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Inclusivity at TAMU

Picture of Powerpoint display during the 50 years of inclusion presentation on the Texas A&M campus


Inclusivity at Texas A&M

This is one of several short essays that was prepared as a set of resources during the original NSF ADVANCE grant period. The essay, written by Paula Costa, introduces some of the key issues related to female faculty of color in academia.

What challenges do female faculty of color face in academia?


Female faculty of color are a minority within a minority. They face both race and gender-based discrimination within their classrooms and within their universities in general. This is particularly evident in research universities, which have historically been structured to serve the interests of dominant groups and which even today show a marked under-representation of women and faculty of color among senior ranks despite sufficient numbers of women doctorates across many disciplines. This broader reality presents many challenges to the professional standing and personal well-being of female faculty of color.

In the classroom, students are less likely to take female faculty of color seriously as they do not fit their expectations of what a professor should be (i.e., White and male). As a result, the students are more likely to challenge what they say (Ford, 2011).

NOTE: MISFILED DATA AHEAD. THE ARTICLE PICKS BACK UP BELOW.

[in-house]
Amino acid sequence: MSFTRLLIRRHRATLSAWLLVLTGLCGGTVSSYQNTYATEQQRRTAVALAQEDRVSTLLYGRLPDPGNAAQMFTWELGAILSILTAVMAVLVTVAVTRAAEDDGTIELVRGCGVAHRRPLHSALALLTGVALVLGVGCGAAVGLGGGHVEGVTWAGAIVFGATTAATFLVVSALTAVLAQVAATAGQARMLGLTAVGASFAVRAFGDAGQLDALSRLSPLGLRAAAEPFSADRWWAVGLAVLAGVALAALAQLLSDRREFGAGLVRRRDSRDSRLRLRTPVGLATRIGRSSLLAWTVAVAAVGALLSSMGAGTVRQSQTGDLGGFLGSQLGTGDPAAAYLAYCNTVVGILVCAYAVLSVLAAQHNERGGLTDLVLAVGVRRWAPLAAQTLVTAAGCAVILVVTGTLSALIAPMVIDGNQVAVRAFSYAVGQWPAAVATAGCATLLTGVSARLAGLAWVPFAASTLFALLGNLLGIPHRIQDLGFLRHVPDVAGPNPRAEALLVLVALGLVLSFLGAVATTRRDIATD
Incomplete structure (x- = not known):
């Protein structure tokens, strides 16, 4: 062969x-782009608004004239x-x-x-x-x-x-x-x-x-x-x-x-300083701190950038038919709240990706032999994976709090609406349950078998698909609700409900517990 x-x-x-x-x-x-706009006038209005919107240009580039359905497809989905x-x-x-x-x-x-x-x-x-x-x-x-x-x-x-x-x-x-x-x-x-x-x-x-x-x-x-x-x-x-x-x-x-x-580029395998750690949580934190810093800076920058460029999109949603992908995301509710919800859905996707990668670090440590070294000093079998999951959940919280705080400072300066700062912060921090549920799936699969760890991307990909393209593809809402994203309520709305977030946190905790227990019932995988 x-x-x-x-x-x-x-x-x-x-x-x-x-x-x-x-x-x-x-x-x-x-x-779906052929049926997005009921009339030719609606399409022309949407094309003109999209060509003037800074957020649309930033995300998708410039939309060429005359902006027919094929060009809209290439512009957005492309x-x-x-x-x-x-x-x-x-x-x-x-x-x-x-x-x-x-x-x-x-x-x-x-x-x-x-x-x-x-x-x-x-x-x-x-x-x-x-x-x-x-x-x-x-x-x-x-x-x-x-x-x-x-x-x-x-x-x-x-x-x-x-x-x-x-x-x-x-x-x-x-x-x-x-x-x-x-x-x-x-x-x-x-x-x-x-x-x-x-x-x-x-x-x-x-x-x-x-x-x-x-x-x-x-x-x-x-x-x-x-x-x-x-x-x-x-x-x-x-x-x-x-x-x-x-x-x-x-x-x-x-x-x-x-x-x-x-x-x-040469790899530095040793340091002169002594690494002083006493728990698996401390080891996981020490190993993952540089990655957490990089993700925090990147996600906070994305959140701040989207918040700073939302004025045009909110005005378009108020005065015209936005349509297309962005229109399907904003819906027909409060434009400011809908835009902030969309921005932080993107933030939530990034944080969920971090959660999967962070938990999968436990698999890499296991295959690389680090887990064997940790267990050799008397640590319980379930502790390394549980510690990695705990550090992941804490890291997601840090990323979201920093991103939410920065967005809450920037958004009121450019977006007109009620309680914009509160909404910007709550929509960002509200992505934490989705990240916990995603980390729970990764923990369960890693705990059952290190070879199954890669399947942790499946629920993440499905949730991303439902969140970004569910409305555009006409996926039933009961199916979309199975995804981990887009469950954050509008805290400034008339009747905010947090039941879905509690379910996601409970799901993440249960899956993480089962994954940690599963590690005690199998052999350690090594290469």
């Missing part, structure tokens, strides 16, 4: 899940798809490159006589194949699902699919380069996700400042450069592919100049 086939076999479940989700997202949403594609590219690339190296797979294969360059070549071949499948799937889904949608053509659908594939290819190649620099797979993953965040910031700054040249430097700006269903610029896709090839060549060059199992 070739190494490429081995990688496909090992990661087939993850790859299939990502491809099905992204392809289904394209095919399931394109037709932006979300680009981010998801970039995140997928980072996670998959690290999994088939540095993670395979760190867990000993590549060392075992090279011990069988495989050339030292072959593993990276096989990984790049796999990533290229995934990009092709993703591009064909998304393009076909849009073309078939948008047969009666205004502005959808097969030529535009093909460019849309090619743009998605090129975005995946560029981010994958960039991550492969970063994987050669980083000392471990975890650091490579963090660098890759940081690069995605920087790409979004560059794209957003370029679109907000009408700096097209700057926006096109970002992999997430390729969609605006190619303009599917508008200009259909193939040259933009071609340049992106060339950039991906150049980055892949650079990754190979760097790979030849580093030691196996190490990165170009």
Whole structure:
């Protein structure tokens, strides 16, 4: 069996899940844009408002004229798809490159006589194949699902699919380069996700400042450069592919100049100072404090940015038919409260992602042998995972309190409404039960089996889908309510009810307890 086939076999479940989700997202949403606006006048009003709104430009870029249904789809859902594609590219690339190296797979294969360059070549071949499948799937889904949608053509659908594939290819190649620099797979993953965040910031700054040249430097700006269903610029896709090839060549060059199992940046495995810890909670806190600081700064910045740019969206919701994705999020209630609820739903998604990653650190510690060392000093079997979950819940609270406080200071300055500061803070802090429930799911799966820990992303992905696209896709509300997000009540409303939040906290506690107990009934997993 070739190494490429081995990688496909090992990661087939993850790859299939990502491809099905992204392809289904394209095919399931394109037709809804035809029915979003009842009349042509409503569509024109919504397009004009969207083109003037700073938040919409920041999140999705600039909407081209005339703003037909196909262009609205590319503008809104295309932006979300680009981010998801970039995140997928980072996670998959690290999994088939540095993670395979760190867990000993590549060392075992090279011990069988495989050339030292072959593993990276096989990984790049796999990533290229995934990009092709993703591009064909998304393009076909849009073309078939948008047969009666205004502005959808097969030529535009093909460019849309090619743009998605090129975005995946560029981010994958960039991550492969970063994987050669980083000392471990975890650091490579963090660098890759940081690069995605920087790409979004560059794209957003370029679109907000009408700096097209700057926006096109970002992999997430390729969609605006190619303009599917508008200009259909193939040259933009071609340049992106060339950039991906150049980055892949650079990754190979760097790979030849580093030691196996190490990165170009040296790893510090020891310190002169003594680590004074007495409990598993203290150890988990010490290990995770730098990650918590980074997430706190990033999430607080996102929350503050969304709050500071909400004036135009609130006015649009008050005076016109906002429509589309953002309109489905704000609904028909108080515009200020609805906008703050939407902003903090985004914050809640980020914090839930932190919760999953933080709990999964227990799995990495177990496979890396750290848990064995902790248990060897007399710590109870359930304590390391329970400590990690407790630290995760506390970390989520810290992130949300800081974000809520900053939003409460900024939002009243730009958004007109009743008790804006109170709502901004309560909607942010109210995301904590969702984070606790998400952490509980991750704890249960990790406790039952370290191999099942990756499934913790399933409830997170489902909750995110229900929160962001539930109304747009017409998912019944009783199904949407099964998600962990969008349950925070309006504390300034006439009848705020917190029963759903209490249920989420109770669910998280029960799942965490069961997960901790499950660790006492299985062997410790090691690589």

University-level challenges also exist. For example, female faculty of color often end up being more involved in service duties than their White counterparts (Gregory, 2001), and/or being more available to students, particularly graduate students of color, who see them as role models. However, service and mentoring are less valued and leave less time for work that is highly valued, such as scholarship and grant activity. Female faculty of color report experiencing a higher level of scrutiny for being both female and non-White, and their work may be devalued if it is not considered sufficiently “mainstream”, particularly if it predominantly addresses issues of race or gender. Their experiences of isolation and marginalization can in turn affect their productivity and chances of getting tenure and promotion.

What perpetuates these challenges?


These challenges are perpetuated by systemic factors that create obstacles for entry and advancement of women of color in academia. Other challenges are stereotypes related to gender-role expectations. Still other challenges are the lack of effective mentors. As Turner, González, & Wood (2008) among others note, the small numbers of female faculty of color often means that they have no mentor who is familiar with the experiences that they are going through, and as a result they often have to figure things out themselves. Many of the problems female faculty of color face can also be linked to their underrepresentation in universities. Increasing their numbers, however, is not enough to bring about change.